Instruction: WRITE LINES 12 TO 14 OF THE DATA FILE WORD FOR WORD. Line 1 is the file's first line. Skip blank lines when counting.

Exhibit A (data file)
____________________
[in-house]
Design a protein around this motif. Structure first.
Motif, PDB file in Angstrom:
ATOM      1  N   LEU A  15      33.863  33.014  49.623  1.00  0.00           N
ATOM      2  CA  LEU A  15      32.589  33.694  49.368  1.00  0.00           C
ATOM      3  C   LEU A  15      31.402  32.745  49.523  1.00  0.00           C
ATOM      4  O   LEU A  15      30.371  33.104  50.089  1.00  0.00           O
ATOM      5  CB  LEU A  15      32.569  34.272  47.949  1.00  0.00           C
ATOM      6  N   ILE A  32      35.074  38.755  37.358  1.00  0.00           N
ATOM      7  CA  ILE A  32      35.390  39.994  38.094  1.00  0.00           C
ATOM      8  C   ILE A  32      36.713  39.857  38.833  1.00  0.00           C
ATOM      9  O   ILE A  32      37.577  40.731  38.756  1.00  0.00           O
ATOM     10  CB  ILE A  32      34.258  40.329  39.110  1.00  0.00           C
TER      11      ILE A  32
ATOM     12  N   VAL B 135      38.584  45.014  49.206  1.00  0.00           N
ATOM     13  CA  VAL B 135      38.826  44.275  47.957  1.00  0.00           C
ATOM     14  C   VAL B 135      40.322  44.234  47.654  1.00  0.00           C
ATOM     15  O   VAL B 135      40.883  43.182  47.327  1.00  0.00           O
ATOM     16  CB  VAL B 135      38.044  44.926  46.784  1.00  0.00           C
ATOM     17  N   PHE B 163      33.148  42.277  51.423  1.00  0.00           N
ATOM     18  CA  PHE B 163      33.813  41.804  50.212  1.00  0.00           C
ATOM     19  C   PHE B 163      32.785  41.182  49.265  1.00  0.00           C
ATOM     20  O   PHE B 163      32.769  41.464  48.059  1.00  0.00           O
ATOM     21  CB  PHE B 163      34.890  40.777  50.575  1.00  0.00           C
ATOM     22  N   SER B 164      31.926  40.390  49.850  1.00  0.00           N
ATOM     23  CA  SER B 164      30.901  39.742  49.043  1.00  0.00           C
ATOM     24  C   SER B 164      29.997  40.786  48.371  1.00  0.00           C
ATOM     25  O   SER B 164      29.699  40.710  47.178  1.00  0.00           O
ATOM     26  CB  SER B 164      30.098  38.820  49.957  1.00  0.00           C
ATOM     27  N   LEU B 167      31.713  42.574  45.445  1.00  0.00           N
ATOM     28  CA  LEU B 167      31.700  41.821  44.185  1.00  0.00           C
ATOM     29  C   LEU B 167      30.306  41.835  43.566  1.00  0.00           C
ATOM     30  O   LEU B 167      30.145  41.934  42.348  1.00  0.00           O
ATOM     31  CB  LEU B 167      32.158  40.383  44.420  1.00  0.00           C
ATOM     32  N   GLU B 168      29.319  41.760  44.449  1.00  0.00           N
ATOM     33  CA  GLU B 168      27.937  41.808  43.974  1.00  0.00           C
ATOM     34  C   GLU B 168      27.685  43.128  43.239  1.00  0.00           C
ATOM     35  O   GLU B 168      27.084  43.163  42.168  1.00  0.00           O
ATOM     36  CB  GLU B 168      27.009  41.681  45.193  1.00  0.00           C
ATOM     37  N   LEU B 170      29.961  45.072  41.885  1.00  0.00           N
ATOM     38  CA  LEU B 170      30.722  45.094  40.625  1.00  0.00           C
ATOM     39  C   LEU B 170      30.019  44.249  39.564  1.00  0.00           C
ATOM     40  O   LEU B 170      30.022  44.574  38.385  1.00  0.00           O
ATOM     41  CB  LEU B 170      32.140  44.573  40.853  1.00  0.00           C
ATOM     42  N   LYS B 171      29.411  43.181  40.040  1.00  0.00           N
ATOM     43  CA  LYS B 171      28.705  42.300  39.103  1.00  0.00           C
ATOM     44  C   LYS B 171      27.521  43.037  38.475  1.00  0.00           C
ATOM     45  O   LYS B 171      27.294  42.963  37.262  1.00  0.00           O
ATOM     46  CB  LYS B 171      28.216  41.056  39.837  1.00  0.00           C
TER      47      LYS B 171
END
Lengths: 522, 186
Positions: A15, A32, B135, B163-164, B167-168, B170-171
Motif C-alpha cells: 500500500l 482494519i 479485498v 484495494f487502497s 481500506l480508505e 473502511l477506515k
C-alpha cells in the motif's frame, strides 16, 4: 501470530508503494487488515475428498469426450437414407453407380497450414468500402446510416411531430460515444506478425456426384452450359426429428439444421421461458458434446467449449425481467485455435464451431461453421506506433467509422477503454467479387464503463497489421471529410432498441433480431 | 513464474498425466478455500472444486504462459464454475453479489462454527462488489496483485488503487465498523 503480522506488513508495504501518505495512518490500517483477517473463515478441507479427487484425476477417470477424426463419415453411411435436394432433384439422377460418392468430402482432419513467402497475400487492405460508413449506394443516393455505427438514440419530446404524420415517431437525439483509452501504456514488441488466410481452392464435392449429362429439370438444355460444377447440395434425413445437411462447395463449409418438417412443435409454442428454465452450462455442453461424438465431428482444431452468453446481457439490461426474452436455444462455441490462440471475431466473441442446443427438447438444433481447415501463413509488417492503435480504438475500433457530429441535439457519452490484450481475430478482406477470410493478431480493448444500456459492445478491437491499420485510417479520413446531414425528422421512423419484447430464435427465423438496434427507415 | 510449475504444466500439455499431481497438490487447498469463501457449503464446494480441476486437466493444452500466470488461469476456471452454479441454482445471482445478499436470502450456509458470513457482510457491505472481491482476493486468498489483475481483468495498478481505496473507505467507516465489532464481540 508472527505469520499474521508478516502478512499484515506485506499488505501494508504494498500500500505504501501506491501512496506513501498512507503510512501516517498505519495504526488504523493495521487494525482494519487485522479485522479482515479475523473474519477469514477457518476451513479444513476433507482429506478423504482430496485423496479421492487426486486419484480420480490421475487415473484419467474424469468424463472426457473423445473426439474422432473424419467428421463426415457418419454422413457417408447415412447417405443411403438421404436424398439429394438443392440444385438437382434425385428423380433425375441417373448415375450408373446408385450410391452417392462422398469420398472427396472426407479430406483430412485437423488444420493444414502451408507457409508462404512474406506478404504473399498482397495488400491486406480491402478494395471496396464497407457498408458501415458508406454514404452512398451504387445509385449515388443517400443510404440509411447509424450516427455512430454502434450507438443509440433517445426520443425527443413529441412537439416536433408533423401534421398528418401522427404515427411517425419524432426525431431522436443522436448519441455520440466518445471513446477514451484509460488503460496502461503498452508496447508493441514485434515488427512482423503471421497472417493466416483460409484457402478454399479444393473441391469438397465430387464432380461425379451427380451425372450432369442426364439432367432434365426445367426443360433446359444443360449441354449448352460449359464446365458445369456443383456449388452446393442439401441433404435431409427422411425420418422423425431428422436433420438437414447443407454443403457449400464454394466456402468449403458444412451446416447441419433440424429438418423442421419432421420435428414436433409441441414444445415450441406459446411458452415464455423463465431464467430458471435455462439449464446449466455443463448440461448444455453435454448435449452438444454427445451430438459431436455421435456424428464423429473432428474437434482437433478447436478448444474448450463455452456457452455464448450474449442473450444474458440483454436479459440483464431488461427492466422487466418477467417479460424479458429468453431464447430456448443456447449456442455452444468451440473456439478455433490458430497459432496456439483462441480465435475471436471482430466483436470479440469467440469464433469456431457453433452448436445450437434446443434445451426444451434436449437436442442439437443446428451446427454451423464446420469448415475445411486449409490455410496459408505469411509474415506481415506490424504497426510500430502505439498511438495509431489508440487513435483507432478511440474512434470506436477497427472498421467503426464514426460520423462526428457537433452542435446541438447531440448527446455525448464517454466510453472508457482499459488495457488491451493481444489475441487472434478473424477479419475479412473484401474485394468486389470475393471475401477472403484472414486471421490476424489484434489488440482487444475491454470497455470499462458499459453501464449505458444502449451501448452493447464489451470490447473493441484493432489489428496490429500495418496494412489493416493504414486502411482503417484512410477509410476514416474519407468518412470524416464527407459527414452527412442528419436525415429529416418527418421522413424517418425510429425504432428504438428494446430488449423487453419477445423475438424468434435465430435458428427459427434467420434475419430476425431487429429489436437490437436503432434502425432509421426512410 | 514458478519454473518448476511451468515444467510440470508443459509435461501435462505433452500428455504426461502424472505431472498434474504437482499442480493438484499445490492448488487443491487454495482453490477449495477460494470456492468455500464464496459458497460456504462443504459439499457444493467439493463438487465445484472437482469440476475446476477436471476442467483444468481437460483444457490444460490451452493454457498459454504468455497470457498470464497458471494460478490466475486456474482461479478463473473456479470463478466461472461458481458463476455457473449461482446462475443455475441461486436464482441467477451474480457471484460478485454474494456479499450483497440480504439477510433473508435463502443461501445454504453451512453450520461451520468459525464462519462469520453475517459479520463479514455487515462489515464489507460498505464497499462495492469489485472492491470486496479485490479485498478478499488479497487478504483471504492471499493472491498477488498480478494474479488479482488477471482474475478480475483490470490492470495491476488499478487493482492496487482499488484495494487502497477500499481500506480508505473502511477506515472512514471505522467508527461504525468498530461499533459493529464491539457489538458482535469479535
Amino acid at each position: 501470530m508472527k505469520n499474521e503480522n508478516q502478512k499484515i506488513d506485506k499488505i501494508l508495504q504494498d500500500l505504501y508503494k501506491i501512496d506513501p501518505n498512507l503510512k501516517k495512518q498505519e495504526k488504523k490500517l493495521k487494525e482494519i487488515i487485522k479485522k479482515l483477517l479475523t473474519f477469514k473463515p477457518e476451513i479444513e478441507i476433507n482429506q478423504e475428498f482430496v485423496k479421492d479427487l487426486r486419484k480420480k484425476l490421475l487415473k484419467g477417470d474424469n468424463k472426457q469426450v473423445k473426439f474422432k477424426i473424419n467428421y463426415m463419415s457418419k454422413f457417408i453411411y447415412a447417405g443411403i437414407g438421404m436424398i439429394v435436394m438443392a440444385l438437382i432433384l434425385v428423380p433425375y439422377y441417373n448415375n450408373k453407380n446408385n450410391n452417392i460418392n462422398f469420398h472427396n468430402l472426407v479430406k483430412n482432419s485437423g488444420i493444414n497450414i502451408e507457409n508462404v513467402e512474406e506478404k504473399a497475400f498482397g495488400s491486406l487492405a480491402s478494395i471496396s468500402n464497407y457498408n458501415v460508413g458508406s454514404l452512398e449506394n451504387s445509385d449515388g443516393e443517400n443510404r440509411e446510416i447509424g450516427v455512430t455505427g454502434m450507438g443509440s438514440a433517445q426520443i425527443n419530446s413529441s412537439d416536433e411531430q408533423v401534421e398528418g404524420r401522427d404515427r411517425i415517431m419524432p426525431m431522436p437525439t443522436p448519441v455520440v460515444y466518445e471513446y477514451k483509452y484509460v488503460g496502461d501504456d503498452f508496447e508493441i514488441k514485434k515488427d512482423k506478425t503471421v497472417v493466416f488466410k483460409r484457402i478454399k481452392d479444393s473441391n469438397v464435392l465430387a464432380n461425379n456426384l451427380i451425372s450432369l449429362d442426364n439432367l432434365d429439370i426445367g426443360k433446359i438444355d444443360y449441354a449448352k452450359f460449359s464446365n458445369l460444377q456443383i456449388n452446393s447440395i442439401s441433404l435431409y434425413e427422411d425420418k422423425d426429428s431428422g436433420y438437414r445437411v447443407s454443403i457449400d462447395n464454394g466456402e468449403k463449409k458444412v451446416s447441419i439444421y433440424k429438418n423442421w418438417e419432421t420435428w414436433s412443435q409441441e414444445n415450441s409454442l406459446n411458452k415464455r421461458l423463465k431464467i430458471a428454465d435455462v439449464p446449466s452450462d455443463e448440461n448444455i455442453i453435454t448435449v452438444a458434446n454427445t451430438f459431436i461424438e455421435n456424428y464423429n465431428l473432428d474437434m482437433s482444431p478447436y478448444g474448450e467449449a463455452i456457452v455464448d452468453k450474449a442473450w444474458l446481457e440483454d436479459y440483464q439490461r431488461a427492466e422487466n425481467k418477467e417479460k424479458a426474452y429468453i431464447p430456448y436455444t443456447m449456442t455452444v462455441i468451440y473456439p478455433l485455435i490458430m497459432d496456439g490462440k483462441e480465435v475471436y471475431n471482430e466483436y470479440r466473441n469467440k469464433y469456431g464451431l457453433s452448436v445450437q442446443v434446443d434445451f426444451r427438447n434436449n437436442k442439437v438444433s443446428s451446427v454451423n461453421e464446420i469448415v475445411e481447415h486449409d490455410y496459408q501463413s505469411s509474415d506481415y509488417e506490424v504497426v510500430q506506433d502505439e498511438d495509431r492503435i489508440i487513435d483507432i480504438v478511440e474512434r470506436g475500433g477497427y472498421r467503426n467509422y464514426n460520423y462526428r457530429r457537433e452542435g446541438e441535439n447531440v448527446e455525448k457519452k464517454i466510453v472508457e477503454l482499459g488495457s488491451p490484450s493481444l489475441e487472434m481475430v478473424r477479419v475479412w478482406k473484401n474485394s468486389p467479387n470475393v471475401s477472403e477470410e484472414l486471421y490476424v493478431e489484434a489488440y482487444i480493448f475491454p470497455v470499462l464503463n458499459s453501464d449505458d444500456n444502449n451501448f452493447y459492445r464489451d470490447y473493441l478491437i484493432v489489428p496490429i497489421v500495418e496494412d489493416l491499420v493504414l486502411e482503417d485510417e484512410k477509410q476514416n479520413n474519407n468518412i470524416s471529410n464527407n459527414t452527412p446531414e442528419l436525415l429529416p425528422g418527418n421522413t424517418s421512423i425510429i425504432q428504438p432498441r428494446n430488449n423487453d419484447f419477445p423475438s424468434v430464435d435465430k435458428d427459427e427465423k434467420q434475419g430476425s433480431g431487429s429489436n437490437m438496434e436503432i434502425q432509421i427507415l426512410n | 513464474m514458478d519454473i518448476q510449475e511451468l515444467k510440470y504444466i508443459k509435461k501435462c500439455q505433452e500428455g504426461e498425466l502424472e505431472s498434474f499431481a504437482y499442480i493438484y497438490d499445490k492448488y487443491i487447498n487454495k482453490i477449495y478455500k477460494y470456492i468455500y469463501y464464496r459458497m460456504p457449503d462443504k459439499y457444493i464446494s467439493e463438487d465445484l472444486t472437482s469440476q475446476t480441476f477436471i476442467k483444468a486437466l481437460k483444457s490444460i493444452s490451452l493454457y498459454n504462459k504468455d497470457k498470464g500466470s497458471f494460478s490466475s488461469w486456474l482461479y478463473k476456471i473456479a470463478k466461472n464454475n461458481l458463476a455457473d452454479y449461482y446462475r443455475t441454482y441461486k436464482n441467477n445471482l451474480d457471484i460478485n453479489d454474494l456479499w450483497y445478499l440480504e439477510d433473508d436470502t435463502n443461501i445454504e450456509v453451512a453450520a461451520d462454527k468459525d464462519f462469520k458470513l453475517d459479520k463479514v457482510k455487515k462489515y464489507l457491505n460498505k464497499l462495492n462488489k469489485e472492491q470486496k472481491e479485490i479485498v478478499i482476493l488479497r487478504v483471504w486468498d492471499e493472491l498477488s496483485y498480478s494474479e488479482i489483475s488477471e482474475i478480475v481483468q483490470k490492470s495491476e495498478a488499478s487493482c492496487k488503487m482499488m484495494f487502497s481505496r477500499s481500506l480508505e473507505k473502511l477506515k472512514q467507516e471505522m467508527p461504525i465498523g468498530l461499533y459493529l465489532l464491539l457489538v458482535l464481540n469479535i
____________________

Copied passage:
ATOM      9  O   ILE A  32      37.577  40.731  38.756  1.00  0.00           O
ATOM     10  CB  ILE A  32      34.258  40.329  39.110  1.00  0.00           C
TER      11      ILE A  32